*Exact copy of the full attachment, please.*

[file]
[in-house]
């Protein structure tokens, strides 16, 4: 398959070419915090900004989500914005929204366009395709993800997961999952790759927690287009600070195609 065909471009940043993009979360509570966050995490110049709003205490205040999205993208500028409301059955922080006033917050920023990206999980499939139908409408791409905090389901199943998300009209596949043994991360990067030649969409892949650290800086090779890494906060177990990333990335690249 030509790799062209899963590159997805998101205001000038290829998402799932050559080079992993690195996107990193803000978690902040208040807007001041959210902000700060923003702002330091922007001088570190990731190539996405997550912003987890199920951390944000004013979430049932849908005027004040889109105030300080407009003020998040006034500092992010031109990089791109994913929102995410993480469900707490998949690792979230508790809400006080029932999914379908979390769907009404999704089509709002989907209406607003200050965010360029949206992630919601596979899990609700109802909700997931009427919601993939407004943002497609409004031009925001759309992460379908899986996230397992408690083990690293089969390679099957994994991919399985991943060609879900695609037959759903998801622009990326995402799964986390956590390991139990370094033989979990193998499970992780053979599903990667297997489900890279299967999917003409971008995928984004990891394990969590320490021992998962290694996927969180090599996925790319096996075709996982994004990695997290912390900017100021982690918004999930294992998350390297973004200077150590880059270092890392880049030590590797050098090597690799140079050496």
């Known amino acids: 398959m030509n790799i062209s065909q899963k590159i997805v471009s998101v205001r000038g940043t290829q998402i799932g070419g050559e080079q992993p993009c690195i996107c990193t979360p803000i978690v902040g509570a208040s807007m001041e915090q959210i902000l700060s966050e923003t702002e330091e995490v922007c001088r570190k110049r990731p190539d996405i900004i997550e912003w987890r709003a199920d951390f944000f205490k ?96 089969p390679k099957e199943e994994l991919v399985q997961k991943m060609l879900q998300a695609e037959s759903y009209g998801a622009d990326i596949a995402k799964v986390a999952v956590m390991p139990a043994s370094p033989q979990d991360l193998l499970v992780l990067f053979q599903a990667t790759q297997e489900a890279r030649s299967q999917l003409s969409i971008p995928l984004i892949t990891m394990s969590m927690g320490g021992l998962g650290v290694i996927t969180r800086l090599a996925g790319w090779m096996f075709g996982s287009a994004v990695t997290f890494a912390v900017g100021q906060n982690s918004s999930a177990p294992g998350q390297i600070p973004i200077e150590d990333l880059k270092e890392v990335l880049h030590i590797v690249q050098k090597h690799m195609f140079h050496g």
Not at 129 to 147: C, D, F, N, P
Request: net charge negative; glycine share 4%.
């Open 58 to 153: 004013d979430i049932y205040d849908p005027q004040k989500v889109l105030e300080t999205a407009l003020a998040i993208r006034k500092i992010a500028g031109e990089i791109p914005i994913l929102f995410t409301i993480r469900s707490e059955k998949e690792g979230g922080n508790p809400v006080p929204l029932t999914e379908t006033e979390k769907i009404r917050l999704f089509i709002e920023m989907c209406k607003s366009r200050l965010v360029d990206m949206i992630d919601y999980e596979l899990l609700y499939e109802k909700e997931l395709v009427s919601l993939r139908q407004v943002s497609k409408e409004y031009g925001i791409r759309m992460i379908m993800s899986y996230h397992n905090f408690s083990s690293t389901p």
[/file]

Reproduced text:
[in-house]
């Protein structure tokens, strides 16, 4: 398959070419915090900004989500914005929204366009395709993800997961999952790759927690287009600070195609 065909471009940043993009979360509570966050995490110049709003205490205040999205993208500028409301059955922080006033917050920023990206999980499939139908409408791409905090389901199943998300009209596949043994991360990067030649969409892949650290800086090779890494906060177990990333990335690249 030509790799062209899963590159997805998101205001000038290829998402799932050559080079992993690195996107990193803000978690902040208040807007001041959210902000700060923003702002330091922007001088570190990731190539996405997550912003987890199920951390944000004013979430049932849908005027004040889109105030300080407009003020998040006034500092992010031109990089791109994913929102995410993480469900707490998949690792979230508790809400006080029932999914379908979390769907009404999704089509709002989907209406607003200050965010360029949206992630919601596979899990609700109802909700997931009427919601993939407004943002497609409004031009925001759309992460379908899986996230397992408690083990690293089969390679099957994994991919399985991943060609879900695609037959759903998801622009990326995402799964986390956590390991139990370094033989979990193998499970992780053979599903990667297997489900890279299967999917003409971008995928984004990891394990969590320490021992998962290694996927969180090599996925790319096996075709996982994004990695997290912390900017100021982690918004999930294992998350390297973004200077150590880059270092890392880049030590590797050098090597690799140079050496």
């Known amino acids: 398959m030509n790799i062209s065909q899963k590159i997805v471009s998101v205001r000038g940043t290829q998402i799932g070419g050559e080079q992993p993009c690195i996107c990193t979360p803000i978690v902040g509570a208040s807007m001041e915090q959210i902000l700060s966050e923003t702002e330091e995490v922007c001088r570190k110049r990731p190539d996405i900004i997550e912003w987890r709003a199920d951390f944000f205490k ?96 089969p390679k099957e199943e994994l991919v399985q997961k991943m060609l879900q998300a695609e037959s759903y009209g998801a622009d990326i596949a995402k799964v986390a999952v956590m390991p139990a043994s370094p033989q979990d991360l193998l499970v992780l990067f053979q599903a990667t790759q297997e489900a890279r030649s299967q999917l003409s969409i971008p995928l984004i892949t990891m394990s969590m927690g320490g021992l998962g650290v290694i996927t969180r800086l090599a996925g790319w090779m096996f075709g996982s287009a994004v990695t997290f890494a912390v900017g100021q906060n982690s918004s999930a177990p294992g998350q390297i600070p973004i200077e150590d990333l880059k270092e890392v990335l880049h030590i590797v690249q050098k090597h690799m195609f140079h050496g």
Not at 129 to 147: C, D, F, N, P
Request: net charge negative; glycine share 4%.
């Open 58 to 153: 004013d979430i049932y205040d849908p005027q004040k989500v889109l105030e300080t999205a407009l003020a998040i993208r006034k500092i992010a500028g031109e990089i791109p914005i994913l929102f995410t409301i993480r469900s707490e059955k998949e690792g979230g922080n508790p809400v006080p929204l029932t999914e379908t006033e979390k769907i009404r917050l999704f089509i709002e920023m989907c209406k607003s366009r200050l965010v360029d990206m949206i992630d919601y999980e596979l899990l609700y499939e109802k909700e997931l395709v009427s919601l993939r139908q407004v943002s497609k409408e409004y031009g925001i791409r759309m992460i379908m993800s899986y996230h397992n905090f408690s083990s690293t389901p």